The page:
In a Baltimore Sun op-ed column, Ira R. Allen, vice president of the
Center for the Advancement of Health, blasted the Institute for having been
"co-opted." He stressed to me that he was not criticizing the report's
methods or results, that "sleep is an important issue" and that "there
were some legitimate partners in sponsoring the report." But, he said,
"The report was issued right on the heels of National Sleep Awareness Week
(March 27-April 2), and just as advertising for sleep aids was reaching a peak."
That, he said, is just too much of a coincidence: "I doubt that the United
States has suddenly been invaded by tsetse
flies! I'm not naive; I know the country's economy is built on advertising.
But our organization's message is 'Transparency, transparency, transparency.'
Don't hide your motive."
Even if we accept the Institute's and the drug industry's claims of a sleep-loss
epidemic, other research has shown that the benefits of drug treatment are far
from overwhelming. The class of drugs to which Ambien and Lunesta belong provide
an extra half-hour of sleep per night, on average. (And Ambien made headlines
earlier this year when reports revealed that some patients who took the drug
were eating and even
cooking in their sleep.)
The lack of a clearly superior pharmaceutical solution to sleeplessness may
partly explain the recent orgy of advertising for sleep problems and sleep aids
in general. Drug companies spent $345 million on ads for sleep drugs in 2005
alone, and that's expected to increase this year.
Wake up and smell the coffee
But, you say, you're already getting enough sleep? Well, maybe it's too much!
The latest, and perhaps most disturbing, wave of sleep-controlling drugs are
designed to let you stay awake for up to 48 hours with no ill effects.
According to the Feb. 18, 2006, print edition of the British magazine New Scientist,
Cephalon Inc., the maker of one such product called Provigil, insists that the
drug is meant only for treating serious diseases like narcolepsy and sleep apnea.
But Provigil is also becoming a "lifestyle drug" for people who can't
fit everything they want to do into 16 hours a day. And it can't help but beckon
employers with the promise of an always-alert work force.
New Scientist reports that the Pentagon's Defense Advanced Research Projects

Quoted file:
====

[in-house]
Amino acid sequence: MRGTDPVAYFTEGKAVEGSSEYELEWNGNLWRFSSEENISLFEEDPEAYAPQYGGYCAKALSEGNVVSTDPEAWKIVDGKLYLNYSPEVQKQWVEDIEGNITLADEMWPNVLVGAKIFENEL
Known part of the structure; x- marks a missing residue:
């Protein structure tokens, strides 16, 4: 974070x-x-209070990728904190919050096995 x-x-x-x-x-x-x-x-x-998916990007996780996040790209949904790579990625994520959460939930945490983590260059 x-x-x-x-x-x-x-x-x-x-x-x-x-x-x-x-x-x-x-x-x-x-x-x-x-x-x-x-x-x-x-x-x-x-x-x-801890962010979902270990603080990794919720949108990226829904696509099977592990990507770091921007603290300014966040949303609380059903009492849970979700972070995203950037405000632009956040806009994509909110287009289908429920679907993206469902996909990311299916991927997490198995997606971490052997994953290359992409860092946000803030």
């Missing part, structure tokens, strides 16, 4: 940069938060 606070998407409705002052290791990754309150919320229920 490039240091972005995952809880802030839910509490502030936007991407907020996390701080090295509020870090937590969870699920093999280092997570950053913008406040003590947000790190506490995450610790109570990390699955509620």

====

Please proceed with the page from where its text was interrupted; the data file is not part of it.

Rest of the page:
Agency (the notorious DARPA)
"is one of the most active players in the drive to conquer sleep."
Sometime this year, DARPA will test an experimental wakefulness drug, CX717,
on combat soldiers engaged in hard work for four straight nights with only four
hours of "recovery sleep" in between. Tests have shown that monkeys
awake on CX717 for 36 straight hours had better memory and alertness than undrugged
monkeys after normal sleep.
Yet another generation of drugs that skew sleep toward the most restorative,
so-called "slow wave" phase are on the horizon. Due for release as
early as next year, Merck & Co. Inc.'s gaboxadol, says New Scientist, holds
out "the promise of a power nap par excellence." The temptation to
seek approval for the broadest possible labeling (and profit base) for drugs
like Provigil, CX717 and gaboxadol will likely be overwhelming.
What kinds of medical conditions will expand to embrace millions of newly diagnosed
"patients" in the coming months and years? I put that question to
Dr. Richard Lippin, an occupational-health physician, health forecaster, and
co-founder of a health-care reform blog, Critical
Condition. His response:
"My guess is anything to do with pain, fatigue or feeling stressed. The
first two are related to medicalizing the avoidance of aging and death among
baby boomers and the third -- stress -- is due to very real anxiety people should
feel about a host of worldwide and U.S. megatrends that legitimately create
anxiety and depression -- trends like global warming, wars, economic collapse,
political corruption, etc. But the answers are not pills. The answer is to elect
sane political leaders. There is no pill for the 'white water' that's ahead
for all of us."
David Henry says that the disease-mongering documented at his conference "can't
be stopped. It's a consequence of our political economy, the domination of marketing
in all areas of life. So we need to build counterforces. People are becoming
more skeptical, and that needs to be encouraged. We should exercise the same
healthy skepticism when being sold a drug as we do when being sold a secondhand
He says greater use of the attention-getting term "disease mongering"
will prove useful in changing the behavior of medical professionals, the media
and even pharmaceutical public-relations departments. "We want it to be
an idea that pops up in their heads, so PR people will say, 'Hey, we don't want
to run this ad and be accused of disease mongering!'"
Where would be a good place for average Americans to start exercising the healthy
skepticism that's needed to fight disease mongering by the pharmaceutical industry?
Ask your doctor.
Stan Cox is a plant
breeder and writer in Salina, Kan.
Read From Looking Glass News
Tylenol Toxicity Terror
Big Pharma Uses Scare Tactics to Keep Americans Buying Prescription
Drug firms accused of turning healthy people into patients
Statistics prove prescription drugs are 16,400% more deadly than terrorists